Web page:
- Dan, Chicago

rjschwarz
2006-08-24 11:22:33
I would like to choose my email account name rather than get one chosen based on an OSX setup I did a year ago.


I would like to see a two-tiered system of free email and then .Mac.


I would like to see Apple sell domain names and email based on that in combination with .Mac services. .Mac just looks unprofessional on a work email or website.


Probably not possible but I would like to see a way that .Mac could host iTunes allowing for transfer from computers, recovery from disk crashes, and streaming at work or other places.

James
2006-08-24 11:35:34
"I disagree with you on the Dreamhost comparison. Apple is a big company with big ideas; I see no reason why it couldn't offer a hosting service to compete with the best of them, and make similar assumptions as those made by the likes of Dreamhost."


Apple can't make that assumption because of their products. No web hosting service creates tools that easily allows their customers to create content. Apple does. Did you read that Dreamhost blog post? For the customers that do use what they offer Dreamhost losses a lot of money, they just make up for that by the 99% of people who don't even come close to that.


Say Apple offers up 10GB of space (and similar bandwidth increase) for the same price, a much better deal. Now all these people who don't use will start using it. They start publishing family photo albums and family groups and uploading iMovies and using Backup to backup their important files and all the other kick ass things .Mac can do. Now they are using all that space and all that bandwidth and Apple is footing the bill on a very expensive service.


gMail can offer so much space because text can be compressed very very effectively, pictures and archives and movies can not. Dreamhost can offer that because 99% of their costumer base will never use it.


Apple makes the tools to use all that space, no one else does.


Also, how could this syncing not be more transparent? You enable it and you have an iDisk that's always available and will automatically sync whenever it can.

BDK
2006-08-24 13:27:12
Basically, Apple needs their own MSN. I'm so sick of using crappy MSN, Yahoo and AOL homepages. I've been bugging Apple for 3 years.
Vance Dubberly
2006-08-24 13:38:14
Ya. All the above and a real backup solution. Failing that I'm not renewing that absolute waste of my money.
David
2006-08-24 15:26:50
i'd really like to basic fileserver operation improved. If you drag a big file to an iDisk its not able to track file transfer progress. Instead it looks like the file has been moved but then it can't close the file. According to Apple - this is normal. No, its just bad UI.


Also, I am not sure why but I used to be able to do things with iDisk I just can't do anymore. LIke I used to be able to have a Filemaker file on the server and open and use the file from the server. It was fine in 10.3. But then something changed and now Filemaker hangs when I close the file. This is easily reproduced on different systems. I really like to see this work well.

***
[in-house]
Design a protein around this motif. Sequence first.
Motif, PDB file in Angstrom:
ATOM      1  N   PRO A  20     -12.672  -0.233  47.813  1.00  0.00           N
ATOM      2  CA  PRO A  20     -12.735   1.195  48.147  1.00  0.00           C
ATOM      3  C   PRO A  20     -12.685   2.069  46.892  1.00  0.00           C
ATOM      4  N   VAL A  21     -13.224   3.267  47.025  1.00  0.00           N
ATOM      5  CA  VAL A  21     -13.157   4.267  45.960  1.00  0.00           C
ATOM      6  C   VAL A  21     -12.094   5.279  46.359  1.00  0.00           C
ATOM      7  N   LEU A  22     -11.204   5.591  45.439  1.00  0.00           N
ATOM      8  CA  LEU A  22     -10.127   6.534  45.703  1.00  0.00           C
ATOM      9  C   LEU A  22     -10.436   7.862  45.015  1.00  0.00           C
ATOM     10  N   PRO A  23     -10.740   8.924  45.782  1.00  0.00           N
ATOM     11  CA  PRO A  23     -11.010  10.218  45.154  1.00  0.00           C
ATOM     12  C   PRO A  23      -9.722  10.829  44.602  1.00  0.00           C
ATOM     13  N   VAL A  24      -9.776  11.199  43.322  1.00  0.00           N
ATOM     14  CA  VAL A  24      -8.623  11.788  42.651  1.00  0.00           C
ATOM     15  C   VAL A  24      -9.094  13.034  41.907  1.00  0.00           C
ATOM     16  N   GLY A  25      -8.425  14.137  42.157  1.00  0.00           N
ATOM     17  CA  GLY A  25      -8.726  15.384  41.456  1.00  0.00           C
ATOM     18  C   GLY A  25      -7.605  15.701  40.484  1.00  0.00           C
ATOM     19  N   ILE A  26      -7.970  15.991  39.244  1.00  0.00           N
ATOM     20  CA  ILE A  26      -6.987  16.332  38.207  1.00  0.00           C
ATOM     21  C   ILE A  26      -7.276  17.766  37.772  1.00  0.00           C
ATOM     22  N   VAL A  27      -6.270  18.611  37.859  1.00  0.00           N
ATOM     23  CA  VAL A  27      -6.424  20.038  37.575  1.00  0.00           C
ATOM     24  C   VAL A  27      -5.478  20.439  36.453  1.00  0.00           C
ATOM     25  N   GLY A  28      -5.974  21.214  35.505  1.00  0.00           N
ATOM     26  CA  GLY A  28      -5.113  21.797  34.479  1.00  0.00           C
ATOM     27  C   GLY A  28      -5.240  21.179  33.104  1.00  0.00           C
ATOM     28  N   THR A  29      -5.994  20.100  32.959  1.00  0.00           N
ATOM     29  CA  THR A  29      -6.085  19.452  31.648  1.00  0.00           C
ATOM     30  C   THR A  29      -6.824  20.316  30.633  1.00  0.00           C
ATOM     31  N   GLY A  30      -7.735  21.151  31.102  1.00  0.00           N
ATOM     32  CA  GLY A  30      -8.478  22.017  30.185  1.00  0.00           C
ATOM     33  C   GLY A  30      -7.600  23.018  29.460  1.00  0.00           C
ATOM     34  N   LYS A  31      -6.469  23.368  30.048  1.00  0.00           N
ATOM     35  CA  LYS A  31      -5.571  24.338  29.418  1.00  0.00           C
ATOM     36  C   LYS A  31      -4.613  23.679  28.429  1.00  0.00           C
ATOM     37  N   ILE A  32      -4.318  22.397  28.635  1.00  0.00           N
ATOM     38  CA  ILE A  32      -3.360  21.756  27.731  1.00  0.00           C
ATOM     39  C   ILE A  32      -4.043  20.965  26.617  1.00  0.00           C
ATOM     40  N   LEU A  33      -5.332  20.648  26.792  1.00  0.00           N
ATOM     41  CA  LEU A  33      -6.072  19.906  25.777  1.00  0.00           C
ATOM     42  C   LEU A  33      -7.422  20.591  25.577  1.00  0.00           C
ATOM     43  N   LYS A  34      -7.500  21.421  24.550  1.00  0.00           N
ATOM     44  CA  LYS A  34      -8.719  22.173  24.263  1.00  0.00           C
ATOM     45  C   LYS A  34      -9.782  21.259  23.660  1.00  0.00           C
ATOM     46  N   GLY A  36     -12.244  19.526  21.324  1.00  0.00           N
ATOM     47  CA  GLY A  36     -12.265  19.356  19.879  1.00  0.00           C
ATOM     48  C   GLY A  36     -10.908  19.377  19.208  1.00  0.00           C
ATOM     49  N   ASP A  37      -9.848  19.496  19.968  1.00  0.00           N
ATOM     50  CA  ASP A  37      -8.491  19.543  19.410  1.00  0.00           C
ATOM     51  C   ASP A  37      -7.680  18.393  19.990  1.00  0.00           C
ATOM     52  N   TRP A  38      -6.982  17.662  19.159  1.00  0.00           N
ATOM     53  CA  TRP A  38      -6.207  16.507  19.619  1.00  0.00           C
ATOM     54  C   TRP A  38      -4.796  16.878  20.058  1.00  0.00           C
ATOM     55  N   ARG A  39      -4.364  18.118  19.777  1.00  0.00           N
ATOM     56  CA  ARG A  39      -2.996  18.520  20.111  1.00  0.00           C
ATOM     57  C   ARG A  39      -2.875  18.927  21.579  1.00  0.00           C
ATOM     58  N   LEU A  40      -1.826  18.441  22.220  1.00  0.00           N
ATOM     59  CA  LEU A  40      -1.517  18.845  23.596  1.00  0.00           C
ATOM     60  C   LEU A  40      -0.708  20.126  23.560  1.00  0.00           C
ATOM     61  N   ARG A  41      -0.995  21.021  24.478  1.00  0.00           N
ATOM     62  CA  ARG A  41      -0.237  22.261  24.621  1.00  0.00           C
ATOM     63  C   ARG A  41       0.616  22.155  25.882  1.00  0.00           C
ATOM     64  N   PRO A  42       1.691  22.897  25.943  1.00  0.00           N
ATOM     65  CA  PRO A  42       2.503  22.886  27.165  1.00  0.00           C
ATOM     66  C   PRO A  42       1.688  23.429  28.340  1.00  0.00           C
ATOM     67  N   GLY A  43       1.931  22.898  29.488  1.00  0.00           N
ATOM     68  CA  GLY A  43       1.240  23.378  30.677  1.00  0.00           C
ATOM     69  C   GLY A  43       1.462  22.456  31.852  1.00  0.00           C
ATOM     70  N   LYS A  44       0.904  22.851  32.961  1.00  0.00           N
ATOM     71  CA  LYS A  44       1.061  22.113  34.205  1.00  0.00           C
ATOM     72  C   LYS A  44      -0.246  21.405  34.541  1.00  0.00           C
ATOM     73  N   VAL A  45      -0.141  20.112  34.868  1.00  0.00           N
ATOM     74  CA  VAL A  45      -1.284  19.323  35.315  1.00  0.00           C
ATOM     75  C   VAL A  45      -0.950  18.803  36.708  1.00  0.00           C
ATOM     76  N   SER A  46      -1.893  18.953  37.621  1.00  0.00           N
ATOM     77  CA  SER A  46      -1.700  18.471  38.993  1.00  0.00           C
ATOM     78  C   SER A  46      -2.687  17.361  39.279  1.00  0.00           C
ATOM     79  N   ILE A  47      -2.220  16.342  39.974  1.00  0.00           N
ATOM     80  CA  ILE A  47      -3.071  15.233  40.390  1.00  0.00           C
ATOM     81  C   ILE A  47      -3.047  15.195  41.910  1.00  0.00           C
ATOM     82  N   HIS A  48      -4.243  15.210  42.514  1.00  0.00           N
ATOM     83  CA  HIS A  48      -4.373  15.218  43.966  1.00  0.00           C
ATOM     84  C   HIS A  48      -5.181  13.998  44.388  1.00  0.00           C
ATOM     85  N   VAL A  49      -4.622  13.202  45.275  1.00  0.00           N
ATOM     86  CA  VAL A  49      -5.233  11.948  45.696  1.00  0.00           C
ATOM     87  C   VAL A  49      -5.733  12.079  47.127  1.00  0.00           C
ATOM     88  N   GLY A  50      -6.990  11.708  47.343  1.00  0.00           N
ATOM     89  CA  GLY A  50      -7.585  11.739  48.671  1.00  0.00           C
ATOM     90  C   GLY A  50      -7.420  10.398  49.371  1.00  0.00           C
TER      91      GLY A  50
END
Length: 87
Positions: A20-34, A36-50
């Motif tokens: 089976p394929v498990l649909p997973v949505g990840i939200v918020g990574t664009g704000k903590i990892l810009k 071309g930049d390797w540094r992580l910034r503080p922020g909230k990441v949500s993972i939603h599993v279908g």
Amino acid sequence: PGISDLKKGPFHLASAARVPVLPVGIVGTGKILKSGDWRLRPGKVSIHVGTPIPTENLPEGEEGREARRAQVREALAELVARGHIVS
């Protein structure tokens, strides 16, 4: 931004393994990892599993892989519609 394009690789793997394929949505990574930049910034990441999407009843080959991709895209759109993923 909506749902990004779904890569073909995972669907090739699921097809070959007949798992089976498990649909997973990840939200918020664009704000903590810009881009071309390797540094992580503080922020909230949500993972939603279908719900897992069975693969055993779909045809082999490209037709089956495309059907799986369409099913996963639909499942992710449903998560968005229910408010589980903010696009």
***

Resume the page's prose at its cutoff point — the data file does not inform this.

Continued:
This is basic stuff. I would much rather see the ordinary functions work before getting all sorts of new apps created on .Mac.

C Daugherty
2006-08-28 17:18:51
.mac should be a way for me to get a cut-above-free email, webposting, group gathering system. I paid a 100 bucks two years in a row on the hope Apple gets it right this year. The email works on my Thunderbird app fine, the web building is a bit basic but works but the group setup requiring a .mac account is just wrong. Why not have a 5 or 10 buck sign up for group-only members? I pay 100 each year so let me have 5 members in a group or even let me pay to add additional members? Something outside of making them sign up for a WHOLE membership. This is the last go a round with this setup before I junk it all together.
huy
2006-10-02 01:11:23
dot.mac:
for web-hosting/web space- SEVERELY overpriced
for email- SEVERELY overpriced
for backup- SEVERELY overpriced
for misc (photocasting, syncing mult macs ect.)- SEVERLY overpriced


dot.mac overall- expensive, but quality.


Why? Because .mac is one of those many things that cannot be based on the sum of its individual parts. The integration is good and the services are quality, if not too simple. Think of it this way, .mac is the ilife of the web. ilife can edit photos, make movies, make music, make webpages. But there are better photo editors (gimpshop is downright great and it is free), better movie editors, better music programs, and better webpage editors. But ilife is still an amazing software package.


I think .mac is the same way. It brings that mac feel to the web and just like ilife it is constantly improving and it can always get better...